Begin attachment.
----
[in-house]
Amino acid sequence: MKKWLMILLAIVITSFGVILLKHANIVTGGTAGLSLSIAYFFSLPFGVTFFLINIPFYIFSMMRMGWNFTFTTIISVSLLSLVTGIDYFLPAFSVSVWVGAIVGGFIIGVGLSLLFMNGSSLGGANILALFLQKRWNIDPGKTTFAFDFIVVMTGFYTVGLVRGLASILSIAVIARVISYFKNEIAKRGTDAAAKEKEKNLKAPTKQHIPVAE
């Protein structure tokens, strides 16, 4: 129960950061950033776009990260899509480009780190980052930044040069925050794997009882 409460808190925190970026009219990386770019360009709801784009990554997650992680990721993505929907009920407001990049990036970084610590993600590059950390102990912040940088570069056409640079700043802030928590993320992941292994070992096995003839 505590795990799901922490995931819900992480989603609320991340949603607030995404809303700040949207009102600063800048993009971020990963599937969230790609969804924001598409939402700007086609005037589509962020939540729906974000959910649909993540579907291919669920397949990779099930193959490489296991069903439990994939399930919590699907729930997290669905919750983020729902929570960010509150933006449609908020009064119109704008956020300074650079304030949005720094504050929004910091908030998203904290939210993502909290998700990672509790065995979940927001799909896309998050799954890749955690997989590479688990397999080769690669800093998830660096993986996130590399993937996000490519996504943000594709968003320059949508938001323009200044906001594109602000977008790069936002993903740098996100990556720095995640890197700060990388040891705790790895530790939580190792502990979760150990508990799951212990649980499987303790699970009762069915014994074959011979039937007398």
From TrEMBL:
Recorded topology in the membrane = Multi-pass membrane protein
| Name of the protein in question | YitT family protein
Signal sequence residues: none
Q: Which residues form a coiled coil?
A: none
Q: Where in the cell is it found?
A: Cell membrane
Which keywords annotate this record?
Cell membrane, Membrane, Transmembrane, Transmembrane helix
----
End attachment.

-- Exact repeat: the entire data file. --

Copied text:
[in-house]
Amino acid sequence: MKKWLMILLAIVITSFGVILLKHANIVTGGTAGLSLSIAYFFSLPFGVTFFLINIPFYIFSMMRMGWNFTFTTIISVSLLSLVTGIDYFLPAFSVSVWVGAIVGGFIIGVGLSLLFMNGSSLGGANILALFLQKRWNIDPGKTTFAFDFIVVMTGFYTVGLVRGLASILSIAVIARVISYFKNEIAKRGTDAAAKEKEKNLKAPTKQHIPVAE
């Protein structure tokens, strides 16, 4: 129960950061950033776009990260899509480009780190980052930044040069925050794997009882 409460808190925190970026009219990386770019360009709801784009990554997650992680990721993505929907009920407001990049990036970084610590993600590059950390102990912040940088570069056409640079700043802030928590993320992941292994070992096995003839 505590795990799901922490995931819900992480989603609320991340949603607030995404809303700040949207009102600063800048993009971020990963599937969230790609969804924001598409939402700007086609005037589509962020939540729906974000959910649909993540579907291919669920397949990779099930193959490489296991069903439990994939399930919590699907729930997290669905919750983020729902929570960010509150933006449609908020009064119109704008956020300074650079304030949005720094504050929004910091908030998203904290939210993502909290998700990672509790065995979940927001799909896309998050799954890749955690997989590479688990397999080769690669800093998830660096993986996130590399993937996000490519996504943000594709968003320059949508938001323009200044906001594109602000977008790069936002993903740098996100990556720095995640890197700060990388040891705790790895530790939580190792502990979760150990508990799951212990649980499987303790699970009762069915014994074959011979039937007398």
From TrEMBL:
Recorded topology in the membrane = Multi-pass membrane protein
| Name of the protein in question | YitT family protein
Signal sequence residues: none
Q: Which residues form a coiled coil?
A: none
Q: Where in the cell is it found?
A: Cell membrane
Which keywords annotate this record?
Cell membrane, Membrane, Transmembrane, Transmembrane helix